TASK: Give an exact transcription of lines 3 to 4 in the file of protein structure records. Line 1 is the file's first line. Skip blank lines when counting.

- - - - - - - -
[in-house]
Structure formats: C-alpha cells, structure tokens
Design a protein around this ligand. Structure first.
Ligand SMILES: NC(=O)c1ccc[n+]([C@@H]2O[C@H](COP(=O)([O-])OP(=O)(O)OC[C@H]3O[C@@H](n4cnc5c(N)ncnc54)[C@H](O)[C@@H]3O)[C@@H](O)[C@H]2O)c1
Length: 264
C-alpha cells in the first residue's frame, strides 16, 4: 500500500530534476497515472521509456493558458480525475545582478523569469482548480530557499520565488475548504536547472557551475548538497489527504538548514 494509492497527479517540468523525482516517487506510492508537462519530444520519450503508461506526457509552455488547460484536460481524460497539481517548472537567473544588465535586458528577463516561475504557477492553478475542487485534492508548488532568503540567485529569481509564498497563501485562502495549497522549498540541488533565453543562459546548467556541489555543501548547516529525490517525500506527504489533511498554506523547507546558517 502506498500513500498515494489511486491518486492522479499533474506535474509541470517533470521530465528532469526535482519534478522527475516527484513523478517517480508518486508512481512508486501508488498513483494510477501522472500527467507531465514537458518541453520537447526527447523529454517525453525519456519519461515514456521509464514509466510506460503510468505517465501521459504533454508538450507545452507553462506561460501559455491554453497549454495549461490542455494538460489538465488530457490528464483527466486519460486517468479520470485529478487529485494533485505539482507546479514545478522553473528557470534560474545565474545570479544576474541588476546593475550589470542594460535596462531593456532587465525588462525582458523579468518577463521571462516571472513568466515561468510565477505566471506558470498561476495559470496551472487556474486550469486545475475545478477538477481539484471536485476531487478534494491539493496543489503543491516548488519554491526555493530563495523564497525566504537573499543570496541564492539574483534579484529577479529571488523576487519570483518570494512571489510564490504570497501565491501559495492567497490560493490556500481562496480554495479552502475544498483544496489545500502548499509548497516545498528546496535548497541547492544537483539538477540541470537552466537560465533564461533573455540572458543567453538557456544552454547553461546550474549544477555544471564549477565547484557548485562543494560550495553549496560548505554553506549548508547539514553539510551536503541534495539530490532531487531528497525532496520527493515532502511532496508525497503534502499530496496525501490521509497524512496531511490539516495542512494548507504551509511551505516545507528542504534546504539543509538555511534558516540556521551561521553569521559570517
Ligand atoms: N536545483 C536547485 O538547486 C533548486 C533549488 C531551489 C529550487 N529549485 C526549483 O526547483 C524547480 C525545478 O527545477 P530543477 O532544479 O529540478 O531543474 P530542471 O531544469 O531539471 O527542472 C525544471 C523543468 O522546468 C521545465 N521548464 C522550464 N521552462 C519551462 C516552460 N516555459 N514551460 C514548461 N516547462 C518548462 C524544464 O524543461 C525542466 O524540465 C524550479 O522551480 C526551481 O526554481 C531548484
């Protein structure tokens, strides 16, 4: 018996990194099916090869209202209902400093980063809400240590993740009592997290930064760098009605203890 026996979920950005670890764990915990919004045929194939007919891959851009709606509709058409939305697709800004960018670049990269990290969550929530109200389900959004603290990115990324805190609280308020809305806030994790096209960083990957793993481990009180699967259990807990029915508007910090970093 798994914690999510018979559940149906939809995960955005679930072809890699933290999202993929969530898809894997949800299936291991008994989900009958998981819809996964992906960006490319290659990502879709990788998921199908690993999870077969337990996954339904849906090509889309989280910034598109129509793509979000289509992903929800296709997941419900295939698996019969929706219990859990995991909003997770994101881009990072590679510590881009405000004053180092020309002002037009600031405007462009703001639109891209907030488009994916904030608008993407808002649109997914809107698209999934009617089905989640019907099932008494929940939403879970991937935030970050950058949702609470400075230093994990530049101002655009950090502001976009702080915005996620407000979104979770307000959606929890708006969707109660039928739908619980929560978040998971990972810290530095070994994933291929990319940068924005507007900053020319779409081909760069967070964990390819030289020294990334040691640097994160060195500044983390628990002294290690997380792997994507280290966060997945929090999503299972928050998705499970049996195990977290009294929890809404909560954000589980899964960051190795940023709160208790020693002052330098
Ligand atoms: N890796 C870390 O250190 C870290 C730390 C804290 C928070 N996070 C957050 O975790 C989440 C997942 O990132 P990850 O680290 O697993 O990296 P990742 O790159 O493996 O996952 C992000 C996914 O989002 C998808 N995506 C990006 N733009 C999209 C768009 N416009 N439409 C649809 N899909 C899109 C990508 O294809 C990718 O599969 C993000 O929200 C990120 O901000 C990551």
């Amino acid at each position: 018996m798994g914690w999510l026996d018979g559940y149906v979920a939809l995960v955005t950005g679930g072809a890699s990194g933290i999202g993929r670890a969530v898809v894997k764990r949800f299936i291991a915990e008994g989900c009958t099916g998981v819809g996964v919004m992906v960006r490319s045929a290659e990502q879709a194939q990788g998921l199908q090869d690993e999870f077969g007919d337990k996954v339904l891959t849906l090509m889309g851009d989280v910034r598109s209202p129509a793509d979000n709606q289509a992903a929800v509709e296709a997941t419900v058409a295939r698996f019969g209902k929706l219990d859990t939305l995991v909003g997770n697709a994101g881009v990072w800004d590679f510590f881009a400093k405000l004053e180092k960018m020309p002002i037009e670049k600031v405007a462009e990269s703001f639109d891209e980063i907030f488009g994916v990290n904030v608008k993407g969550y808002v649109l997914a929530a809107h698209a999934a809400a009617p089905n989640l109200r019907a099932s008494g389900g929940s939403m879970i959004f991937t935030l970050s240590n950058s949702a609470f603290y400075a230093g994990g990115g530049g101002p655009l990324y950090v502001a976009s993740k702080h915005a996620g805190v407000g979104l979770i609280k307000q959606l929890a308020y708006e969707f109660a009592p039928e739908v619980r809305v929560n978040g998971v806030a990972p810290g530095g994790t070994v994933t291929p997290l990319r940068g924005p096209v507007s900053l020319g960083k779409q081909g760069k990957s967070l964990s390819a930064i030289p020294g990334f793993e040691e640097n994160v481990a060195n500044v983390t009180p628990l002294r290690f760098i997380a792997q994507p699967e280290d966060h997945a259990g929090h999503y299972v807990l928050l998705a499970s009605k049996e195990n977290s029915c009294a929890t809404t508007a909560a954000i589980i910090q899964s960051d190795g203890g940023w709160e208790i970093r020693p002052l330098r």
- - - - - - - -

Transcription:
Design a protein around this ligand. Structure first.
Ligand SMILES: NC(=O)c1ccc[n+]([C@@H]2O[C@H](COP(=O)([O-])OP(=O)(O)OC[C@H]3O[C@@H](n4cnc5c(N)ncnc54)[C@H](O)[C@@H]3O)[C@@H](O)[C@H]2O)c1